Residents of Beirut, Lebanon, face a scene of utter devastation. On Tuesday, a massive explosion sent shock waves across the Lebanese capital. It blasted through a city port, killing at least 100 people and wounding thousands.
Glass and rubble cover city streets. A towering grain silo complex is half destroyed. Smoke billows as mounds of wheat spill out. Damaged vehicles and debris litter downtown. The Lebanese Red Cross reports that the explosion wounded more than 4,000 people.
The blast struck Beirut with the force of an earthquake. It was the most powerful explosion ever seen in the city. No one knows for certain yet what caused it. There is no evidence that the explosion was an attack. But it is clear that the blast was caused by the detonation of more than 2,700 tons of ammonium nitrate. The chemical compound was confiscated from a cargo ship in 2013. It had remained in storage in a port warehouse ever since.
Lebanon was already on the brink of collapse. The country faces a severe economic crisis. Damage from the explosion only amplifies the issue. Lebanon’s healthcare system is overwhelmed by the coronavirus. Hospitals were flooded with people—even before the massive calamity struck. Reports say that a major private hospital in Beirut suffered significant damage in the explosion.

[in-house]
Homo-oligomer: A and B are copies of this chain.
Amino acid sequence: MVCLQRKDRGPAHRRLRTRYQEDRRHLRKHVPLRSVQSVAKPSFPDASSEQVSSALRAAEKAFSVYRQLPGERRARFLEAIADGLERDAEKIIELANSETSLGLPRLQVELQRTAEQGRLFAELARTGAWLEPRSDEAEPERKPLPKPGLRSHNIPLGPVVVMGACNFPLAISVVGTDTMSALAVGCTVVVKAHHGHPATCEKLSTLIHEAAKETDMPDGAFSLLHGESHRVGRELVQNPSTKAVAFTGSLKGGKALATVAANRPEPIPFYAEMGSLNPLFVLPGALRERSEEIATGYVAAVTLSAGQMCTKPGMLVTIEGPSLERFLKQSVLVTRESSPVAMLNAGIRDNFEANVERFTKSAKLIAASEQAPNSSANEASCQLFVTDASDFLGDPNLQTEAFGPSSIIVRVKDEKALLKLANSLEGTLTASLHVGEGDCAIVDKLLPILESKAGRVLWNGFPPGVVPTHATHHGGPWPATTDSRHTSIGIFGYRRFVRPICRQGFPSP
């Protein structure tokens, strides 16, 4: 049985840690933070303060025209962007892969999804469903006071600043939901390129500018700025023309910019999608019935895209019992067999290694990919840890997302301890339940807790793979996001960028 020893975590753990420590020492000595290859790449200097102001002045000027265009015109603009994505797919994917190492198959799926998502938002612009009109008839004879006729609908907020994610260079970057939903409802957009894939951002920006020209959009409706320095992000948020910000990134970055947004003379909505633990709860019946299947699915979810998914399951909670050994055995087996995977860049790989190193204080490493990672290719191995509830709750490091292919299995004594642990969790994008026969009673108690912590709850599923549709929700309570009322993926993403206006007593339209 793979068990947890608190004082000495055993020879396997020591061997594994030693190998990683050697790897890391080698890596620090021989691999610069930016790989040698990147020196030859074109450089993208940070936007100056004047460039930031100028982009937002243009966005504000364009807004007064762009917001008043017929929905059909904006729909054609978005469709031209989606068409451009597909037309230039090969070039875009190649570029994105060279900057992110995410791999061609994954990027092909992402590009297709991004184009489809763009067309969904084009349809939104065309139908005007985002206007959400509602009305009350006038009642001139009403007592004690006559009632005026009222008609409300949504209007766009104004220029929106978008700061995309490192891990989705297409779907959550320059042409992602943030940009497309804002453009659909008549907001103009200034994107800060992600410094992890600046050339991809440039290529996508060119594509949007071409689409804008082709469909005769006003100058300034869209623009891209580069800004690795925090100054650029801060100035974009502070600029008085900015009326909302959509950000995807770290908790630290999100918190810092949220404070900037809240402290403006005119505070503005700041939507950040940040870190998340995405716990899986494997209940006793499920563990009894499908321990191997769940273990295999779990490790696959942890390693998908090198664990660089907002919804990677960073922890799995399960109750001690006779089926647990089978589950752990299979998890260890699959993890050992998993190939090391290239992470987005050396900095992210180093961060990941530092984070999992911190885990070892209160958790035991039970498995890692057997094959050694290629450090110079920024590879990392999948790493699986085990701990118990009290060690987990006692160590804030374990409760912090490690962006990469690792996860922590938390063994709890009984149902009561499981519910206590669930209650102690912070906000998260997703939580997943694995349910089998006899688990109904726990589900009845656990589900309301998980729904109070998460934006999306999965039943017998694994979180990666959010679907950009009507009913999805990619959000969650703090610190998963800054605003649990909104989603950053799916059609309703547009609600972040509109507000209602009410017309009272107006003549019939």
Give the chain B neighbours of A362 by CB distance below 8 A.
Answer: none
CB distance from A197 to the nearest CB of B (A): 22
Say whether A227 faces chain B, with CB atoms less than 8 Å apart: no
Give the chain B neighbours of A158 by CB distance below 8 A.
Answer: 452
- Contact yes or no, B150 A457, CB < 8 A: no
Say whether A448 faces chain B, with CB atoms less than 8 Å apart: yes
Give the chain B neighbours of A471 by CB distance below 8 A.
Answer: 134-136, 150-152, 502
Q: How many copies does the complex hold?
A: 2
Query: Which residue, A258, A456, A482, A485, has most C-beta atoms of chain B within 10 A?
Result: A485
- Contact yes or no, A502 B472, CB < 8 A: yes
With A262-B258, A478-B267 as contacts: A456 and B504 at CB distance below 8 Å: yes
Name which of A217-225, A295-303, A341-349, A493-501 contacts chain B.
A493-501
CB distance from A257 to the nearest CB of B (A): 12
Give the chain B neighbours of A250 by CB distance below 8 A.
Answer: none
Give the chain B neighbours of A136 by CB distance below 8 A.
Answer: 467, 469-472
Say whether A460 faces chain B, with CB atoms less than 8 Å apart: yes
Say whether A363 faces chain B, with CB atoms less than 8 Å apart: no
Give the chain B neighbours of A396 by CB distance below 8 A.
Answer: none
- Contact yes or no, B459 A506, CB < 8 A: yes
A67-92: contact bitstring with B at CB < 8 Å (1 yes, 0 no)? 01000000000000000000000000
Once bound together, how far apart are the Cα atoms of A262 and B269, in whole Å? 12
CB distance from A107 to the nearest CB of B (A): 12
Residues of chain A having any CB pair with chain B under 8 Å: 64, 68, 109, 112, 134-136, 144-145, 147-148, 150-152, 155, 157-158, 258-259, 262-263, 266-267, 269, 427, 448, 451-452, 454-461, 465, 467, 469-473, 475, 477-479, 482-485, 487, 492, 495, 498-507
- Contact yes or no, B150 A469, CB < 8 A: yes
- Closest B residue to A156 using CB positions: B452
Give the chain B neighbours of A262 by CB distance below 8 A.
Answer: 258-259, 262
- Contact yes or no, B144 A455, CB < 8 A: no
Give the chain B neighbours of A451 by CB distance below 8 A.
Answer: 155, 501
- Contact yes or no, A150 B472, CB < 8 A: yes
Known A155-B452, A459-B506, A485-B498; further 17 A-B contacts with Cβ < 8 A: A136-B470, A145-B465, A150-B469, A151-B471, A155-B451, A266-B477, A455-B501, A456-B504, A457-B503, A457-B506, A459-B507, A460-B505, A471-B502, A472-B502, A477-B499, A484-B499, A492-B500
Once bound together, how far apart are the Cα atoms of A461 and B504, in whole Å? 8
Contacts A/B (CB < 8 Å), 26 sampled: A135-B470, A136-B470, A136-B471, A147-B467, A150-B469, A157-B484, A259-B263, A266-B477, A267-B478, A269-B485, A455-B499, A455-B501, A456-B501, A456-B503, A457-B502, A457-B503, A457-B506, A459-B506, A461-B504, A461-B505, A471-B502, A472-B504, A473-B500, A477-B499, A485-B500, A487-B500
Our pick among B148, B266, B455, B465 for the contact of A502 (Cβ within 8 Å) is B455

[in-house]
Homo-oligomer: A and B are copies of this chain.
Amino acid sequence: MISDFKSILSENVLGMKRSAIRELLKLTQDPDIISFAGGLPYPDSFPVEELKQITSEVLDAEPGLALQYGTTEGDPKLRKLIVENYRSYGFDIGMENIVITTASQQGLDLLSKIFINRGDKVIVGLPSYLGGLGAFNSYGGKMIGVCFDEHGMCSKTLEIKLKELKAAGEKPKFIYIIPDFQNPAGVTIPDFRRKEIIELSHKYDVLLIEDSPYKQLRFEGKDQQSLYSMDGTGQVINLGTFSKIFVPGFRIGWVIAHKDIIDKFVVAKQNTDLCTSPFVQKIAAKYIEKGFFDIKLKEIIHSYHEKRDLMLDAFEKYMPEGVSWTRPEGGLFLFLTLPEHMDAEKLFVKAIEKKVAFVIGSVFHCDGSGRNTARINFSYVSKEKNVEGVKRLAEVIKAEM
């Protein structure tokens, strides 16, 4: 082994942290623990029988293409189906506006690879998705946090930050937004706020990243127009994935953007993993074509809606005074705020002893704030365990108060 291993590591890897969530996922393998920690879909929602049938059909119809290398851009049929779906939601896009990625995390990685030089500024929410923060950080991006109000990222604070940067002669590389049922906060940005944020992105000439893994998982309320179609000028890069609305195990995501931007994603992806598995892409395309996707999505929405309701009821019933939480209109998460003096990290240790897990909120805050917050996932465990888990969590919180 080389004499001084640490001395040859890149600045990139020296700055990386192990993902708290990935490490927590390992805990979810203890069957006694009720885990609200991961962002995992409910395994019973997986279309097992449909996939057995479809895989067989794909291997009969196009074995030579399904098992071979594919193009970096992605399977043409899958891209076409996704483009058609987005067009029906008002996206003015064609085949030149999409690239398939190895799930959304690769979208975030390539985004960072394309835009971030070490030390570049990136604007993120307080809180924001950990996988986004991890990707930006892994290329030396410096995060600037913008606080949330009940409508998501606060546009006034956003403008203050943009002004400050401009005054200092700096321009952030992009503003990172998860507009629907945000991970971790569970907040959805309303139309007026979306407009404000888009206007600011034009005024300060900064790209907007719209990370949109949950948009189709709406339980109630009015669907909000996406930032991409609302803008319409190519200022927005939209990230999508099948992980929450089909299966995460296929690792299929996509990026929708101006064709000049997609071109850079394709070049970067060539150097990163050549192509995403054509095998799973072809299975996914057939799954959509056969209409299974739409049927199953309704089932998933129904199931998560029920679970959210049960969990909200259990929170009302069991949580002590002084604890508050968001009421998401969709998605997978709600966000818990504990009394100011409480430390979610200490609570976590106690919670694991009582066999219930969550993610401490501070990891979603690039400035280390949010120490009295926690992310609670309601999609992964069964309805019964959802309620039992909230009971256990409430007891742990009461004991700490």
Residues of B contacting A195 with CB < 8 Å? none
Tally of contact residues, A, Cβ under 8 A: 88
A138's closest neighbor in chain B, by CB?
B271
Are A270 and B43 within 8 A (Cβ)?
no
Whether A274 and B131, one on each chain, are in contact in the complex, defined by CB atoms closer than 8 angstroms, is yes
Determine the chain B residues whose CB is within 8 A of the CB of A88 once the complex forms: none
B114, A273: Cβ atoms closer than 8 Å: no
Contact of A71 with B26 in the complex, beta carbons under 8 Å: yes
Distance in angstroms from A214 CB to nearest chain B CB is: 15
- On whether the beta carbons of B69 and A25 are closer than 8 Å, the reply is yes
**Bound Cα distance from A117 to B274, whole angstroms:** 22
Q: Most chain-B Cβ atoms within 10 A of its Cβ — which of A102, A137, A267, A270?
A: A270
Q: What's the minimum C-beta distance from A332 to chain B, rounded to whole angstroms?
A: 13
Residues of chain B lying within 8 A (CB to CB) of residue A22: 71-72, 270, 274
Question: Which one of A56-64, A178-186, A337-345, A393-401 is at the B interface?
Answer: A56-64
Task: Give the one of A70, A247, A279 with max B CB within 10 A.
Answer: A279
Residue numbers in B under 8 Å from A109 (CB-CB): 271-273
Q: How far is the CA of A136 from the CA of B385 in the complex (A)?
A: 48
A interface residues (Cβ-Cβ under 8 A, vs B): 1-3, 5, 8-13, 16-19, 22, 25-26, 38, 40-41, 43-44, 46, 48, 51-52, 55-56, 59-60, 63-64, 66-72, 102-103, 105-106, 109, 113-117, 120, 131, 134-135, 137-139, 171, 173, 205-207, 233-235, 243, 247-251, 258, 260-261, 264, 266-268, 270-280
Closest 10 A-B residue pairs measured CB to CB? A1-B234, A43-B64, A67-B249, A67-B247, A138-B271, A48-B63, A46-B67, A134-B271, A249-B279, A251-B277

Now housing needs are added to Beirut’s challenges. The blast severely damaged numerous apartment buildings, rendering scores of people homeless. Civil defense workers and soldiers are trying to locate missing people and clear rubble.
In a televised speech, Prime Minister Hassan Diab asked for international aid. He said, “We are witnessing a real catastrophe.”
Lebanon is a tiny country, already pushed to its limits. The country hosts over one million Syrian refugees. Food security is an issue. Around 80% of the country’s wheat supply is imported, according to the United States Agriculture Department. Now, much of that grain is gone. Most of the country’s grain was stored at the now-destroyed silos. Wheat that didn’t spill in the explosion is contaminated. It cannot be used.
Lebanon’s major port—needed for bringing in necessary supplies and food—is ruined. Its people are hurting. May they cry out to God, who promises to meet every need and “heals the brokenhearted and binds up their wounds.” (Psalm 147:3)
(Destroyed silos sit in rubble after an explosion at the seaport of Beirut, Lebanon, on Wednesday, August 5, 2020. AP Photo/Hussein Malla)